This paper presents the results from a statistical model for significant wave height in space and time. In particular, various model alternatives were applied to extract long-term temporal trends towards the year 2100. Future projections of the North Atlantic ocean wave climate based on two of these alternatives are presented, i.e. an extrapolated linear trend and trends based on regression on atmospheric levels of CO2 and assuming future emission scenarios proposed by IPCC.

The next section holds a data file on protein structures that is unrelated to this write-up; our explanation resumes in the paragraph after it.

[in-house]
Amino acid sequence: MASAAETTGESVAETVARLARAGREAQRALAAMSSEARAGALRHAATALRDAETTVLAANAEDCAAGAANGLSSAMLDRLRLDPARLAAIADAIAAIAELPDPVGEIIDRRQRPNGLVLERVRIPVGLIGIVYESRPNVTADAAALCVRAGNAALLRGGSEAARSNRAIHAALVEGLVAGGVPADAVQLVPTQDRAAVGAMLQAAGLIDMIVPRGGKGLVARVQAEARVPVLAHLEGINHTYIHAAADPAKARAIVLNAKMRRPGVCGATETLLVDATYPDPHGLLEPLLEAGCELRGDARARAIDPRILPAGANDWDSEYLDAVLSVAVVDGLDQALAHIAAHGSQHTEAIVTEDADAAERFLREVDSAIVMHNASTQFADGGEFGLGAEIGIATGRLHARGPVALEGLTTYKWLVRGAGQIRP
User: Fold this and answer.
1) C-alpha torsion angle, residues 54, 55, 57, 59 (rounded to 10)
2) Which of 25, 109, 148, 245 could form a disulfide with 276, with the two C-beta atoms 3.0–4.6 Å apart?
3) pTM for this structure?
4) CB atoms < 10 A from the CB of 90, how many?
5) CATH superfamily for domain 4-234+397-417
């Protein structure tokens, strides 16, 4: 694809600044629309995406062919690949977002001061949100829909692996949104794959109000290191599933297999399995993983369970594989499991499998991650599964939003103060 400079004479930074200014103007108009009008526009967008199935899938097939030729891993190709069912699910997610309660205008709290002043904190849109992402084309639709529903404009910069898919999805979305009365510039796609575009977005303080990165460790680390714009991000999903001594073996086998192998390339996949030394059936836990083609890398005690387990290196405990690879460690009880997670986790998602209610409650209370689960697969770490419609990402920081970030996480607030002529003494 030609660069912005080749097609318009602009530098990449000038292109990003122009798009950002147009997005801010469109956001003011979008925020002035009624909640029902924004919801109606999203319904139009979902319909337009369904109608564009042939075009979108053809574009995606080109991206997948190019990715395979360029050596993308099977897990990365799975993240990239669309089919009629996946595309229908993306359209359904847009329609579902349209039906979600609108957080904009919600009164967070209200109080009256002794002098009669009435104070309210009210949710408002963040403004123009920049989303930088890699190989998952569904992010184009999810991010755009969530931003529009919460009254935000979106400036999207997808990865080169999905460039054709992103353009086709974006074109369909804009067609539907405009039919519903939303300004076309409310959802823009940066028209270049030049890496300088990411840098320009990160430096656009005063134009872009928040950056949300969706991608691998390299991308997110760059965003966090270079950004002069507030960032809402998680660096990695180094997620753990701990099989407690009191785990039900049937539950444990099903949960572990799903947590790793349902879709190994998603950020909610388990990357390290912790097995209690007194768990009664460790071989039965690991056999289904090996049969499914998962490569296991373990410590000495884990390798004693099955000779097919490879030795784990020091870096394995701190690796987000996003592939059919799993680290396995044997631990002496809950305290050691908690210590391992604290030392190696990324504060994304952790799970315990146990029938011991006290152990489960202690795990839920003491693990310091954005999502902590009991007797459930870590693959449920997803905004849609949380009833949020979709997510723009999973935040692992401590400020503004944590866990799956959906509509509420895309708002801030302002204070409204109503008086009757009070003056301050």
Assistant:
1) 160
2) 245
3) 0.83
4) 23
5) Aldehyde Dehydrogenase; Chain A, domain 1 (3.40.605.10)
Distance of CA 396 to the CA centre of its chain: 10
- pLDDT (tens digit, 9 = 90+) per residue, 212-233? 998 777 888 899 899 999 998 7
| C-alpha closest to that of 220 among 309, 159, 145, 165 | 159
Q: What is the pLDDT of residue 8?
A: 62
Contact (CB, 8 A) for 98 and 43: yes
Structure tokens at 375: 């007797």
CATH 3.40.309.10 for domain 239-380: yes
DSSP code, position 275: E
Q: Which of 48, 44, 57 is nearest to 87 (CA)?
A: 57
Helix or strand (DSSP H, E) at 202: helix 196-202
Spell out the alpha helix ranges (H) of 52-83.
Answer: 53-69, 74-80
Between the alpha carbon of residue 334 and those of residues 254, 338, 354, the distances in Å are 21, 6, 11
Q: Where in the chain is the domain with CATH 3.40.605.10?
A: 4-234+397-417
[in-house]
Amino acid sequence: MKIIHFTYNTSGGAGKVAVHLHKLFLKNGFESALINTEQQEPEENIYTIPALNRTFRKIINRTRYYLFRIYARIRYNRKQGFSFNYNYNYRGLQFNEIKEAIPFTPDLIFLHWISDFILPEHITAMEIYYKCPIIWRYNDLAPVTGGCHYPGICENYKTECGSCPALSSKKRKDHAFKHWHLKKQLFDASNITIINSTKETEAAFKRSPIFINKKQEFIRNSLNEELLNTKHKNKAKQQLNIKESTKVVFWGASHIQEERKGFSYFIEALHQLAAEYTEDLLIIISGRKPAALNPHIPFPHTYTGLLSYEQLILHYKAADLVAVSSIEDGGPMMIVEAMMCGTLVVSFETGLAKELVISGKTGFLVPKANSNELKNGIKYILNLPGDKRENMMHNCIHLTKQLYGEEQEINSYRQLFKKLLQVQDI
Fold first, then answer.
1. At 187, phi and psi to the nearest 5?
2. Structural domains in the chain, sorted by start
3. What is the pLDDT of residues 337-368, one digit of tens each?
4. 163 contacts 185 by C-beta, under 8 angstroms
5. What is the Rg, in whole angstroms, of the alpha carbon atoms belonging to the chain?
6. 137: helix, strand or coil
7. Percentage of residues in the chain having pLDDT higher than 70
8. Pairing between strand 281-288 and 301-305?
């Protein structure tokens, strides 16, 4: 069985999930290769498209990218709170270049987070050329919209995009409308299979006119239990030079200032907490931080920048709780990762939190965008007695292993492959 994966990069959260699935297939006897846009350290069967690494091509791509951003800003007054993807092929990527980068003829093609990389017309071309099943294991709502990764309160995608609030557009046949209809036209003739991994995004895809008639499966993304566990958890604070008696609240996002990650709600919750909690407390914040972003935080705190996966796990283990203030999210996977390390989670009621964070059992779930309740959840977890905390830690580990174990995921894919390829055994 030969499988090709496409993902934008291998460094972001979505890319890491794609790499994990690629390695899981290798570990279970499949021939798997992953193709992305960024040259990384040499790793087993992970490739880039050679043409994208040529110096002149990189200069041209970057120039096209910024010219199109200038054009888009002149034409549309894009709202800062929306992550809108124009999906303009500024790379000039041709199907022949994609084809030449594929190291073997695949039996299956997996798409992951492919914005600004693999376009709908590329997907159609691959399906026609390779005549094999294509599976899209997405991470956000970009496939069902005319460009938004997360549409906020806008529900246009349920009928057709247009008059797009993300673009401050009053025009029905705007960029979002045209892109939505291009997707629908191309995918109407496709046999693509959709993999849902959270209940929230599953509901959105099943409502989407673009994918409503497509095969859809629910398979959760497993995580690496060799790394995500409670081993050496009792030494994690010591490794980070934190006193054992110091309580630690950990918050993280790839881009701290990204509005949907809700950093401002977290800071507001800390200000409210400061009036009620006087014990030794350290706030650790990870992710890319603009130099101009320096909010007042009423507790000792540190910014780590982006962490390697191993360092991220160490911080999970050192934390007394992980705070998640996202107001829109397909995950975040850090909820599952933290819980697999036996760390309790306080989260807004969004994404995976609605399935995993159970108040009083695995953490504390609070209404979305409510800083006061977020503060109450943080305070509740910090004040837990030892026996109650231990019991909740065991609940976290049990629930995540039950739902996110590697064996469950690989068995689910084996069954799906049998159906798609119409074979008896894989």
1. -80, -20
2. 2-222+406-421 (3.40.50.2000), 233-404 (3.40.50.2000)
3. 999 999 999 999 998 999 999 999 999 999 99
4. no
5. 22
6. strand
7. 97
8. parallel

It is further explored how such future trends can be related to the structural load calculations of ships. It will be demonstrated how the estimated future trends can be incorporated in joint environmental models to yield updated environmental contour lines that take possible changes in the ocean wave climate into account. In this way, the impact of climate change on the wave climate can be accounted for in stress and loads calculations and hence in the structural dimensioning of ships and offshore installations. The proposed approach is illustrated by an example showing the potential impact of the estimated long-term trends in the wave climate on the wave-induced structural loads of an oil tanker. Results indicate that the impact may be far from negligible, and that this may need to be considered in the future when performing loads calculations.